c. Zonal asymmetries in the response

Thus far, our diagnostics have focused on zonal-mean anomalies alone. However, Figs. 3 and 4 demonstrate a large degree of zonal asymmetry in the zonal wind responses in the stratosphere (50 hPa; Fig. 3) and troposphere (500 hPa; Fig. 4). An initial stratospheric response of the zonal winds is seen only in the Southern Hemisphere (July 1991), and the anomalies appear in a wave-2 pattern. By October, the Southern Hemisphere anomalies become largely zonal and extend around the hemisphere. Robust Northern Hemisphere stratospheric wind anomalies appear two months after the eruption and move poleward throughout the following months. However, these anomalies are distinctly nonzonal, exhibiting a wave-2 pattern through February 1992.

Fig. 3.
Fig. 3.

Latitude–longitude cross sections of the multimodel mean 50-hPa zonal wind anomalies for the months following Pinatubo. Stippling denotes regions where at least 80% of the simulations (at least 11 of 14) agree on the sign of the response.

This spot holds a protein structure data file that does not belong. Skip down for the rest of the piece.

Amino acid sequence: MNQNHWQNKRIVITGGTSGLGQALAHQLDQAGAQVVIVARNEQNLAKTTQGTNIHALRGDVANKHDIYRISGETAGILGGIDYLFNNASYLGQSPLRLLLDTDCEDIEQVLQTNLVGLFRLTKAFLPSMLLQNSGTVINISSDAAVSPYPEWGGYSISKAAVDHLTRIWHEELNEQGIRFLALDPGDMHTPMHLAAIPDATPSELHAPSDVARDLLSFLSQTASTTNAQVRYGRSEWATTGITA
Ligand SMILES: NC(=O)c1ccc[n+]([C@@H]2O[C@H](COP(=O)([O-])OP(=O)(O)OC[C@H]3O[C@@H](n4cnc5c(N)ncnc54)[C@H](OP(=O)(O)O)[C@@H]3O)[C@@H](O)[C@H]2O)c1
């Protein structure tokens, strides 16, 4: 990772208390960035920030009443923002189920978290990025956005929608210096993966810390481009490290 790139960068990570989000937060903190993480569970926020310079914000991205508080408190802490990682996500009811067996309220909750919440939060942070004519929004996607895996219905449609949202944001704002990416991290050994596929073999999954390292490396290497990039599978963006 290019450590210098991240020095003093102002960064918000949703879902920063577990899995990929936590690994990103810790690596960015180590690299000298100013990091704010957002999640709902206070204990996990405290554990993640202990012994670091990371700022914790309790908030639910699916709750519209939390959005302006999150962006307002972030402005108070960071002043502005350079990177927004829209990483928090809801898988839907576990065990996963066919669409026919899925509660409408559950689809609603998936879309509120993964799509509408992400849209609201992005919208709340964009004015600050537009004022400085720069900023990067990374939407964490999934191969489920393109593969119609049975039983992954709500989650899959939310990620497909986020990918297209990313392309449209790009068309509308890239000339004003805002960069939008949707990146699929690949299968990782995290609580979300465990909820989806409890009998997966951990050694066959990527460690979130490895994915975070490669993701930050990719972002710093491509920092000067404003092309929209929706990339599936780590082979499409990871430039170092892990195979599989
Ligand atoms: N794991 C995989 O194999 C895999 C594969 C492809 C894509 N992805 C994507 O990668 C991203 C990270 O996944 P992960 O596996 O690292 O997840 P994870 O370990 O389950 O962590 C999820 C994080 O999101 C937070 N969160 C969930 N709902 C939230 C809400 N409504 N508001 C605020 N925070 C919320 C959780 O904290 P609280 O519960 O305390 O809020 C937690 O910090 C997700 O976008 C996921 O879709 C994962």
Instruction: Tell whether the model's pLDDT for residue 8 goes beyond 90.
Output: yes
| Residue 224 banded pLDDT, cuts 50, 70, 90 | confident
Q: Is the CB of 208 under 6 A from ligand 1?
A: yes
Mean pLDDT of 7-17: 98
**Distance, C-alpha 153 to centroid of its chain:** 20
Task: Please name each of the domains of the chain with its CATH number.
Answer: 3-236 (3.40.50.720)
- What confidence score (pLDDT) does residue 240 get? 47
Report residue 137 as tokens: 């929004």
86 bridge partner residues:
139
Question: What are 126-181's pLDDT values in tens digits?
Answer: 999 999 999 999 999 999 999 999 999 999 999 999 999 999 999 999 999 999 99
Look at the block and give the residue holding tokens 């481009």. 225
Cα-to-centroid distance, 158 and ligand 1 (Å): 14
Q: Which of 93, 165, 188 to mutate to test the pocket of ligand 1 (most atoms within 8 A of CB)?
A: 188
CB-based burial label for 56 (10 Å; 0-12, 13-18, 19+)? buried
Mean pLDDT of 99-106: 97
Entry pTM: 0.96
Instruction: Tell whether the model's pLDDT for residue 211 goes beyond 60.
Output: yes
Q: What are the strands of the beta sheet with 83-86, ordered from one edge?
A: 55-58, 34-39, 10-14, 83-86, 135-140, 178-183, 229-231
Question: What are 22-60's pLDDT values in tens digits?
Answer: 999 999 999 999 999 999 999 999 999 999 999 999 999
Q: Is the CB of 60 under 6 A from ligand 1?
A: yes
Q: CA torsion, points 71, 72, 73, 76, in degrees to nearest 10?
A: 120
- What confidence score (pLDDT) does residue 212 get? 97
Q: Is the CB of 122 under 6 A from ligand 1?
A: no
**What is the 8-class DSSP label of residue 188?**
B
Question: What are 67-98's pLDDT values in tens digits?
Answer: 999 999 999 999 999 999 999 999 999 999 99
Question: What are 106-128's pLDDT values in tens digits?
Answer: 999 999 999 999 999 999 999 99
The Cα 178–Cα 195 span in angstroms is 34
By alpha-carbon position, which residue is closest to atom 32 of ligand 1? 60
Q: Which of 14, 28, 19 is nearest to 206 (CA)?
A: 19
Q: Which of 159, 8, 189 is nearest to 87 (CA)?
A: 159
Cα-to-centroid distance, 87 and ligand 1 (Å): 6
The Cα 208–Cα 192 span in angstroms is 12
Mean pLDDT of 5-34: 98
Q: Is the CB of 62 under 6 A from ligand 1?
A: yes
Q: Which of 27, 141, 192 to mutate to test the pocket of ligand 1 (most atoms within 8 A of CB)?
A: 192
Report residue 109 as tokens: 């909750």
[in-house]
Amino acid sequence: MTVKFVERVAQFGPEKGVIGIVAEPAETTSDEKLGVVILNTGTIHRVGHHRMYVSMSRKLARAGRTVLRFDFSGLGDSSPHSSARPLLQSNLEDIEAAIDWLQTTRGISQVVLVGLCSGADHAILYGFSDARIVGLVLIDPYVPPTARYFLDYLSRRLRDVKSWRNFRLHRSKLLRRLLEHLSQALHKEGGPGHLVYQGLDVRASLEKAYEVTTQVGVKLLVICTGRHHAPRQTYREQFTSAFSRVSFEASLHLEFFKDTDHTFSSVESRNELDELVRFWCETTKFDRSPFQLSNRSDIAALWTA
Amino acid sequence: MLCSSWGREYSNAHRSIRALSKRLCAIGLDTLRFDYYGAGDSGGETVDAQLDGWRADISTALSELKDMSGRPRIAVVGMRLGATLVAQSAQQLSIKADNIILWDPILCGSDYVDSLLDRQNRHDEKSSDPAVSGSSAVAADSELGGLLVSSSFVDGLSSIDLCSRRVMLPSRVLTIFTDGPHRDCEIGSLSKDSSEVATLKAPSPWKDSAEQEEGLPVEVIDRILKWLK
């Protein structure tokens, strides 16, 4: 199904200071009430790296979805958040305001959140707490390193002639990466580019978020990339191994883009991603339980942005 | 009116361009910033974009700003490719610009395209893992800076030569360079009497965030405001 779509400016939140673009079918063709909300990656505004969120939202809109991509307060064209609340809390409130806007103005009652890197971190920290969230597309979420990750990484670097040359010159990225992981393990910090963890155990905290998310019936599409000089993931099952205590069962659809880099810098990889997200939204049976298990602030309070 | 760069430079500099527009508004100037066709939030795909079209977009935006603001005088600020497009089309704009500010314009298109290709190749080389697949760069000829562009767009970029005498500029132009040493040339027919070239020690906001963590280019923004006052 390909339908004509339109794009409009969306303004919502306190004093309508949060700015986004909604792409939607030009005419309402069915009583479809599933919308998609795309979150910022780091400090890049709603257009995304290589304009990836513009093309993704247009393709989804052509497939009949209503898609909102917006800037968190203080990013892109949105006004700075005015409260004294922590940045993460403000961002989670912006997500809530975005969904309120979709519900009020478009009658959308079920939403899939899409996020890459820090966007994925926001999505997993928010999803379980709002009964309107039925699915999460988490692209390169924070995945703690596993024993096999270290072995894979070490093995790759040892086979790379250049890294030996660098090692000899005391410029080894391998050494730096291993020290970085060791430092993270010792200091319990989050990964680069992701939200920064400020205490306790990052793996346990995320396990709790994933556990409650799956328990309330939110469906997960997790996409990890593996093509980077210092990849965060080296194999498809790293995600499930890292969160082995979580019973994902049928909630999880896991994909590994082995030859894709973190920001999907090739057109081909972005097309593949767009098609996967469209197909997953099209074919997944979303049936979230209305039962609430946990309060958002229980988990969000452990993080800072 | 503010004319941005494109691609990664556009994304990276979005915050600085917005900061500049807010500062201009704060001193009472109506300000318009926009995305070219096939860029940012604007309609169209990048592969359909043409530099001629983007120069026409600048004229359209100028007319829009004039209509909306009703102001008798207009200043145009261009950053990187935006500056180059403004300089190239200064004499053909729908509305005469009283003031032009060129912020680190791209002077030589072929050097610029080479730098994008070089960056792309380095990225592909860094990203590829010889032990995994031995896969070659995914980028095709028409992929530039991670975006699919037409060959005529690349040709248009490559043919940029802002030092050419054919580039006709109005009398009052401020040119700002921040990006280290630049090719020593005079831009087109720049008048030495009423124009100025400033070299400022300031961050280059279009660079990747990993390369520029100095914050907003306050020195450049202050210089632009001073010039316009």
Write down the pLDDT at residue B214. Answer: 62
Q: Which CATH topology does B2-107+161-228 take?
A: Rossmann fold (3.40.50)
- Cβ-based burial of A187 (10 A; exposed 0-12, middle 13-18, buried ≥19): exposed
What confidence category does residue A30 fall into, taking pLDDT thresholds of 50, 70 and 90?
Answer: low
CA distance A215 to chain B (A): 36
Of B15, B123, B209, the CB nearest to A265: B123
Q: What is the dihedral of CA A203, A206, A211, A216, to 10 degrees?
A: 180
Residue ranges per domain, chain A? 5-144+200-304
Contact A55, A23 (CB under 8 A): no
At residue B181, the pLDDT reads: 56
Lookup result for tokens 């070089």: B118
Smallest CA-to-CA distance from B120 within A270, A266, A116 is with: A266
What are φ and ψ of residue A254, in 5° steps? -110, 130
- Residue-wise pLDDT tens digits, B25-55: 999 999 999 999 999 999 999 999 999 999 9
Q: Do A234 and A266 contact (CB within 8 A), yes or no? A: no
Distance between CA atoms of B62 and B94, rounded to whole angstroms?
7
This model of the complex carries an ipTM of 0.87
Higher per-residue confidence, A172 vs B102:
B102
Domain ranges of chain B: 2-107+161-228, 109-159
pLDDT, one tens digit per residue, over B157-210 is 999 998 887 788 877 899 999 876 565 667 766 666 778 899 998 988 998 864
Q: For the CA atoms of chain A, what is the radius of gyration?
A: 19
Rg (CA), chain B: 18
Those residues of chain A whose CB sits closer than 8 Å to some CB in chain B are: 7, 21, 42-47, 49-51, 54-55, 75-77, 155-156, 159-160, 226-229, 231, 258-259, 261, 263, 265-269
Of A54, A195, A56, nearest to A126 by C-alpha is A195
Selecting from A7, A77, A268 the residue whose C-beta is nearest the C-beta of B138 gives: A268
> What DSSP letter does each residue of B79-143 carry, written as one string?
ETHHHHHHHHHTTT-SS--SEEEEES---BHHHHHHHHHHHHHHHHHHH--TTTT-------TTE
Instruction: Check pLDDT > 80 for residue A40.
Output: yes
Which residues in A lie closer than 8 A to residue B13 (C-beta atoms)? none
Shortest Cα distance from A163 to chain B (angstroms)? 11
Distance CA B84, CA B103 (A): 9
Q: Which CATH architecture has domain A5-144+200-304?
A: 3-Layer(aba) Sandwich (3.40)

Citation: Journal of Climate 29, 13; 10.1175/JCLI-D-15-0658.1

Fig. 4.
Fig. 4.

Latitude–longitude cross sections of the multimodel mean 500-hPa zonal wind anomalies for the months following Pinatubo. Stippling denotes regions where at least 80% of the simulations (at least 11 of 14) agree on the sign of the response.

Citation: Journal of Climate 29, 13; 10.1175/JCLI-D-15-0658.1

Robust tropospheric wind anomalies appear in the Southern Hemisphere (Fig. 4), with the largest at the tip of South America. As time passes, the anomalies become more widely spread across longitudes but almost never display a purely zonal response except, perhaps, in December 1991. In the Northern Hemisphere, deviations from zonal symmetry are even more pronounced, as one might expect because of the zonal asymmetries in the jet streams driven by the distribution of land. By winter (November–January), two distinct regions of action emerge—one over the North Atlantic, indicative of a positive NAO pattern, and another, more poleward, over the North Pacific.

4. Annular mode response to Pinatubo